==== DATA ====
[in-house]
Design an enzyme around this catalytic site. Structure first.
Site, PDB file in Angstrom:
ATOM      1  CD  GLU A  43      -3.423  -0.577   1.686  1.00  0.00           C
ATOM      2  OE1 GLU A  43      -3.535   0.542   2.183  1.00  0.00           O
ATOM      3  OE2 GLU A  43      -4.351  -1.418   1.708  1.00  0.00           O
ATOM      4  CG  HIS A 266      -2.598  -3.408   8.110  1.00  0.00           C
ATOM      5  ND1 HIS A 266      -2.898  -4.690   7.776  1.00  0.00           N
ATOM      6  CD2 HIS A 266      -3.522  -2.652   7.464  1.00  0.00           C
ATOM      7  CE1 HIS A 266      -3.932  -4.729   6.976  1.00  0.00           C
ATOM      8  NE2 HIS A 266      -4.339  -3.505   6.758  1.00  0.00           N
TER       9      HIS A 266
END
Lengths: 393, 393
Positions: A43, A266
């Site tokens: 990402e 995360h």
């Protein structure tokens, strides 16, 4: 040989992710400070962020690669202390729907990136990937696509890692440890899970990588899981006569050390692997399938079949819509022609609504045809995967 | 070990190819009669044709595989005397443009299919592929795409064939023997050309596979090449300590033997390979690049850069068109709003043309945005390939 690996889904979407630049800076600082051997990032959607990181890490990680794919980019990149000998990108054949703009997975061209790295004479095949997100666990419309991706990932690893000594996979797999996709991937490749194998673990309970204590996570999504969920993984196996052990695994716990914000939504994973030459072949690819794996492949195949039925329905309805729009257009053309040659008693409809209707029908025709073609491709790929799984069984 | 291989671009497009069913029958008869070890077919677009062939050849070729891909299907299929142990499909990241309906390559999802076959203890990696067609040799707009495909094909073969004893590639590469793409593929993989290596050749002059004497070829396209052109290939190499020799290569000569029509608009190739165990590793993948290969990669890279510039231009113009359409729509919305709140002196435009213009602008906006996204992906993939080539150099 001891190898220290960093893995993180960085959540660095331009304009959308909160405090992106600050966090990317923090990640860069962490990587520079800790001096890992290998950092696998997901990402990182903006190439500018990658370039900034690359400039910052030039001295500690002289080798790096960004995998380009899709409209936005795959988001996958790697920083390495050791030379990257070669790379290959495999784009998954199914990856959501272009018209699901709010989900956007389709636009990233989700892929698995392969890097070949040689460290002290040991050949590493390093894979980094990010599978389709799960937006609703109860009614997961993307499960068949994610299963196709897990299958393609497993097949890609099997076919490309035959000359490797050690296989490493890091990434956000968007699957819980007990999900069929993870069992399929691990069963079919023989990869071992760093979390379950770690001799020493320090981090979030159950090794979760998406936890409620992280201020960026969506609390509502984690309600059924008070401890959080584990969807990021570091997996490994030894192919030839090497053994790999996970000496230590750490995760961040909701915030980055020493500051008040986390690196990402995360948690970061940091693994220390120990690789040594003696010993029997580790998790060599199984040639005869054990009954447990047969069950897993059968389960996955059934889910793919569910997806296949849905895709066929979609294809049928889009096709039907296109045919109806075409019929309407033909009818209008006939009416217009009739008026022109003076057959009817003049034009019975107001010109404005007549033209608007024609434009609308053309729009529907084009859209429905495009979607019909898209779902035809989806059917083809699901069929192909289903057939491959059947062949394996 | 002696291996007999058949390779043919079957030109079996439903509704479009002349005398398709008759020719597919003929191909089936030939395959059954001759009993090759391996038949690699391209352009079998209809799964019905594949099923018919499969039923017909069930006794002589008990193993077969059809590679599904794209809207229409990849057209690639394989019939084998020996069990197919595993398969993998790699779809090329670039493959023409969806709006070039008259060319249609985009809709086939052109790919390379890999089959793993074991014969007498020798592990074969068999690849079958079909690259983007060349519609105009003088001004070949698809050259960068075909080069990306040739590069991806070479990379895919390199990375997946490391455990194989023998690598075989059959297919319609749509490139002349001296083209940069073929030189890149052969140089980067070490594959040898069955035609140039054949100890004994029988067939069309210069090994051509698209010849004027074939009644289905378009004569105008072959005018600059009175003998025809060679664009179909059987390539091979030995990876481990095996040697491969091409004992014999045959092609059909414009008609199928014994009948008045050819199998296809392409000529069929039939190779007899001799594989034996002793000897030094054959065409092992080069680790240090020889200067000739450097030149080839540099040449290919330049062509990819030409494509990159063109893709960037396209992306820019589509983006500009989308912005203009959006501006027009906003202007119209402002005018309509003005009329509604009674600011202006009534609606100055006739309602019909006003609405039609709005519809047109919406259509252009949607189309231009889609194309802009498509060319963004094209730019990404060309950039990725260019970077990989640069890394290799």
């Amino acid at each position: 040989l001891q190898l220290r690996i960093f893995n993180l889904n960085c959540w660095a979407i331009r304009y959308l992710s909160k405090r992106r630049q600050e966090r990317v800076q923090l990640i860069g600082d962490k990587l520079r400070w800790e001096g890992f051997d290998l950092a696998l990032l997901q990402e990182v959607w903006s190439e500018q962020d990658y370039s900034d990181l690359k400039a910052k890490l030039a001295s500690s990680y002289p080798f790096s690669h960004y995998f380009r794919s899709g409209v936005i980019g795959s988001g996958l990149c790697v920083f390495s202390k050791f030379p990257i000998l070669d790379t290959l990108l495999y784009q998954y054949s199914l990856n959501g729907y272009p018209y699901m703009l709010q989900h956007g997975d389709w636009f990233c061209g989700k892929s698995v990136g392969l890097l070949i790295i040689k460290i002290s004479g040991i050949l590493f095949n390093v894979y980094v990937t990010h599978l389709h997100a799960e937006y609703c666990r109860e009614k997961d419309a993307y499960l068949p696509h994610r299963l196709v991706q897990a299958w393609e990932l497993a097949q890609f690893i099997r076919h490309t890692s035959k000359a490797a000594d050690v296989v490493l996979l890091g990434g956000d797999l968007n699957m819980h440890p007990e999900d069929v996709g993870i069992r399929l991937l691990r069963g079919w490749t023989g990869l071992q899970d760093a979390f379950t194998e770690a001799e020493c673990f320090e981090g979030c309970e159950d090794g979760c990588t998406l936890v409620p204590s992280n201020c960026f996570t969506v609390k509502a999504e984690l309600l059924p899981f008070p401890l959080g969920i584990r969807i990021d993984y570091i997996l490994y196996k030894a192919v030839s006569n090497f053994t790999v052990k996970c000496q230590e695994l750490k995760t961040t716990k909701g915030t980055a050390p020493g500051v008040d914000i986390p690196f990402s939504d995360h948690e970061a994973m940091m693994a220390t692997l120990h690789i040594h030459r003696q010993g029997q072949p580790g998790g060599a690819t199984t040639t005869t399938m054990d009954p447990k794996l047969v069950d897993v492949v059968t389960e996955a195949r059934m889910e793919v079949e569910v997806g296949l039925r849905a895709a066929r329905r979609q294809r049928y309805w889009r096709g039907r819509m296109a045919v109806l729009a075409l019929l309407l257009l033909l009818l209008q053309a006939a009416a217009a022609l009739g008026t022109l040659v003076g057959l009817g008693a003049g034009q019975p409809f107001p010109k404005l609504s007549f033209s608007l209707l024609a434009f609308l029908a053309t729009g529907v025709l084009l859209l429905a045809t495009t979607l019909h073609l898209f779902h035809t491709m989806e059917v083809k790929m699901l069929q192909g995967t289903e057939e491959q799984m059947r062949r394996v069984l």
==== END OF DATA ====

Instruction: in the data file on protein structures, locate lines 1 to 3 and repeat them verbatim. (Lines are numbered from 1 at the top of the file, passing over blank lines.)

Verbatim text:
[in-house]
Design an enzyme around this catalytic site. Structure first.
Site, PDB file in Angstrom: